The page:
Following a 6 week low lactose diet to treat symptoms of  lactose intolerance, your child should now be well on their way to recovery.  Once symptoms have resolved, reintroducing lactose back into the diet is the next step. Working up from low lactose foods, to medium and then to high lactose containing foods, with daily exposure for about 2-4 weeks does three things:

  • stimulates production of the lactase enzyme in the small intestine where lactose digestion takes place
    • this can only happen in with exposure to lactose
  • helps establish the amount of dietary lactose tolerated
    • if symptoms return, the gut may still be healing
    • maintain a low lactose diet and try reintroduction again in 2-4 weeks
    • cells of the gut turn around every 28 days
  • assists the build up and return of normal lactase production
    • it may take longer than the 2-4 weeks mentioned above to return to a normal diet
    • a threshold may be reached at a certain level of lactose intake
    •  improve tolerance by spreading lactose intake over the day, or eating as part of a mixed dish
Re-establishing tolerance to lactose

Re-establishing tolerance to lactose varies from person-to-person and depends on age and intestinal damage. People with primary lactose intolerance  and permanent reduction in lactase, usually manage 2 – 4g per day and fro teens 4 – 6 g per day.  Return to a normal diet can be expected for most infants and children eg. after rota virus with temporary reduction in lactase. Use the practical guidance below to help reintroduce lactose back into the diet.  Do built up gradually, assessing tolerance (or return of symptoms) at each step. It’s also worth noting the difference between lactose intolerance and cow’s milk allergy because the dietary treatment is different.  Formula fed babies with lactose intolerance, need special attention to milk and solids, so that they get the calcium their bones need for growth and the products used suit their needs. It’s especially important that infants get the right advice because they depend on a high milk diet and are learning strong associations with eating and wellness. This guidance is suitable for children and teens with lactose intolerance, but for infants further information about cow’s milk allergy in infancy may be more relevant.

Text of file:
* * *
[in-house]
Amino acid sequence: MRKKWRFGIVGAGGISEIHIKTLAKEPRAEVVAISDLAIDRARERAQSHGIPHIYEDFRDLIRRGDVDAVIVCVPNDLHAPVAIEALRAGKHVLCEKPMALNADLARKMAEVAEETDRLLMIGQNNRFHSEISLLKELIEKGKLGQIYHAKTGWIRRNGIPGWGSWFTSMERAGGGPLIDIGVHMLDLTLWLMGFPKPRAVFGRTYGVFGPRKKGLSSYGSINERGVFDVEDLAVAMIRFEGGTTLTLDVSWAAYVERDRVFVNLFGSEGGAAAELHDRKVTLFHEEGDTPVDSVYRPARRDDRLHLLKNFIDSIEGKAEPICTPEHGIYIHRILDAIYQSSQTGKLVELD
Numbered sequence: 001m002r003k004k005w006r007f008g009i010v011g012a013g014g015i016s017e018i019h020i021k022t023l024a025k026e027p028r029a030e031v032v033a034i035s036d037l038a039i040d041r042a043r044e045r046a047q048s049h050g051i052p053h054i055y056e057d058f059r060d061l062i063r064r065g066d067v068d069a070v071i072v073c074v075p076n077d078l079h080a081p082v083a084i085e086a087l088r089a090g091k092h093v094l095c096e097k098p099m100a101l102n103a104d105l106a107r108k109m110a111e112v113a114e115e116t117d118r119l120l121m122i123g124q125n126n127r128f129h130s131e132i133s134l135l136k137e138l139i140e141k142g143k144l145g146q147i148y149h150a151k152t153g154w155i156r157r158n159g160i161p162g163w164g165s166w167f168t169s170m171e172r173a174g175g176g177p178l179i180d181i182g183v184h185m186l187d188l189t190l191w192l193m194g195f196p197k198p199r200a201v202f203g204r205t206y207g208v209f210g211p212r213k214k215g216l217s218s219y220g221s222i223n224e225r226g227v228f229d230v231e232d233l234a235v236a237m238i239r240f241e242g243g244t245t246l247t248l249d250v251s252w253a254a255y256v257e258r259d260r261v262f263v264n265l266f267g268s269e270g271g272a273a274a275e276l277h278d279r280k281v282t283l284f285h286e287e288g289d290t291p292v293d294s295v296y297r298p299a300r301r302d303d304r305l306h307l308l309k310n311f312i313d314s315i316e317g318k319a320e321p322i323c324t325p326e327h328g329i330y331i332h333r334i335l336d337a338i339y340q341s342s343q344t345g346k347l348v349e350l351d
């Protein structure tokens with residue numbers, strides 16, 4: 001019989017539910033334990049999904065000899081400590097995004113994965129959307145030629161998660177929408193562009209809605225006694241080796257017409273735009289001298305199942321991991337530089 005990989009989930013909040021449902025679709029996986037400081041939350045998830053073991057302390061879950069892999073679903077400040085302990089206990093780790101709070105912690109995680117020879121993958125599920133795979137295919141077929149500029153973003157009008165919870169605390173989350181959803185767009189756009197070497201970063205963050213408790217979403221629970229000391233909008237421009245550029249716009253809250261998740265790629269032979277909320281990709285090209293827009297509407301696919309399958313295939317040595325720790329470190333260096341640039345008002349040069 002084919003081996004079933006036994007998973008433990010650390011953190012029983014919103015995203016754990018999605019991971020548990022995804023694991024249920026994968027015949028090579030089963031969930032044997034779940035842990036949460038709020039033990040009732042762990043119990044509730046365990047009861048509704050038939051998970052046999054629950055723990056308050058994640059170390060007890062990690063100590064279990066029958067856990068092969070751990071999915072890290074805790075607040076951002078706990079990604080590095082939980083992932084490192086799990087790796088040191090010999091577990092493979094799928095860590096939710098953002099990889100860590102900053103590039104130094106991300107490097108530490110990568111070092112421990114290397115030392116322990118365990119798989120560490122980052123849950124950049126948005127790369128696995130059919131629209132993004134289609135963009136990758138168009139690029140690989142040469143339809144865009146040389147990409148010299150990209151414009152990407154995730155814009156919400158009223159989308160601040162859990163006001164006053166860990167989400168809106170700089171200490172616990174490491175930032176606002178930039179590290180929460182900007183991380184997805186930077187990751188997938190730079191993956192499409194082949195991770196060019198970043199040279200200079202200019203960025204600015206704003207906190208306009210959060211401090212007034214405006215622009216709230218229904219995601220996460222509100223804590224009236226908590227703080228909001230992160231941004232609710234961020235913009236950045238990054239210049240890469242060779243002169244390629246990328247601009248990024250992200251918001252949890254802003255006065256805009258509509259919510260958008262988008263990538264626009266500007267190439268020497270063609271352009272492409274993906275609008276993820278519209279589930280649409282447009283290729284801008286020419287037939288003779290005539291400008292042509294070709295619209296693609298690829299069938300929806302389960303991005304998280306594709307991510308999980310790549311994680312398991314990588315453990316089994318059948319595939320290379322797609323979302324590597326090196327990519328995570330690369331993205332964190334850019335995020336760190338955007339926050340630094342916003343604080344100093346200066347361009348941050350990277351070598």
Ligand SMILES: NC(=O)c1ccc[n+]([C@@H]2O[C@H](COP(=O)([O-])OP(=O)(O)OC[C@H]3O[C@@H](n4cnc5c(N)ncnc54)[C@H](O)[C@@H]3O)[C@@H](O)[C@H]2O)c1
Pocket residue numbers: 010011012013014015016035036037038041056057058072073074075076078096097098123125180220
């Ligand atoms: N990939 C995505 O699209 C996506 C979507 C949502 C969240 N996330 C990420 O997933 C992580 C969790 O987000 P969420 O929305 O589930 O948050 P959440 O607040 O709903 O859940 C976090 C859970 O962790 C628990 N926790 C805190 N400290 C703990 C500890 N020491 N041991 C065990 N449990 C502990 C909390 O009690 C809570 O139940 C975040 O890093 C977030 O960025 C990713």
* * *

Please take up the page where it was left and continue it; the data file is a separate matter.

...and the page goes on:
Lactose content of dairy foods
Very Low Lactose

< 2g per portion

Medium Lactose

2-4g per portion

High Lactose

4-6g per portion

The foods in this group contain very low amounts of lactose and are tolerated by most people with lactose intolerance.  If consuming these foods does not give any symptoms, try medium lactose foods per portion. Continue to introduce lactose containing foods, including foods with medium lactose. If symptoms return, go back to the previous tolerated stage for 2 weeks and try again. In addition to very low and medium lactose content foods, continue to introduce lactose-containing foods, including one portion from the high lactose category.
Cheese 1oz
Most hard cheeses have very small amounts of lactose and are unusually well tolerated. Eg. cheddar, red leicester, caerphilly, stilton, parmasan Cheese spread, cottage cheese, soft cheeses eg. ricotta, marscapone, dolchelate Cheese spread, quark


Yoghurts & fromage-frais 60g 125g Larger portion
Greek yoghurt, Goat’s yogurt, all yoghurts and fromage-frais Yoghurts and fromage-frais, Low fat fruit yoghurts, Organic whole milk yoghurt Natural whole or fruit yoghurt, Low fat natural yoghurt, Diet/low calorie yoghurts
Dairy desserts & creams 2oz 4 – 6oz Larger portion
Half fat cream, Single, Double, Whipping, Clotted cream, UHT Spray Cream, Fresh Cheese Cake 1 scoop ice cream, Frozen cheesecake, Trifle with cream, 1 chocolate mousse 2 scoops ice cream, 10mls Angel Delight, 150g tinned rice pudding, 100mls Custard
Hidden milk
1 x small slice cake, 4 chocolate digestives, 1 chocolate coated biscuit eg. 2 finger kit-kat, 100g egg custard tart 1 milk chocolate bar, 125mls whole milk, 70mls evaporated milk, 1 tblsp skimmed milk powder, 40mls condensed milk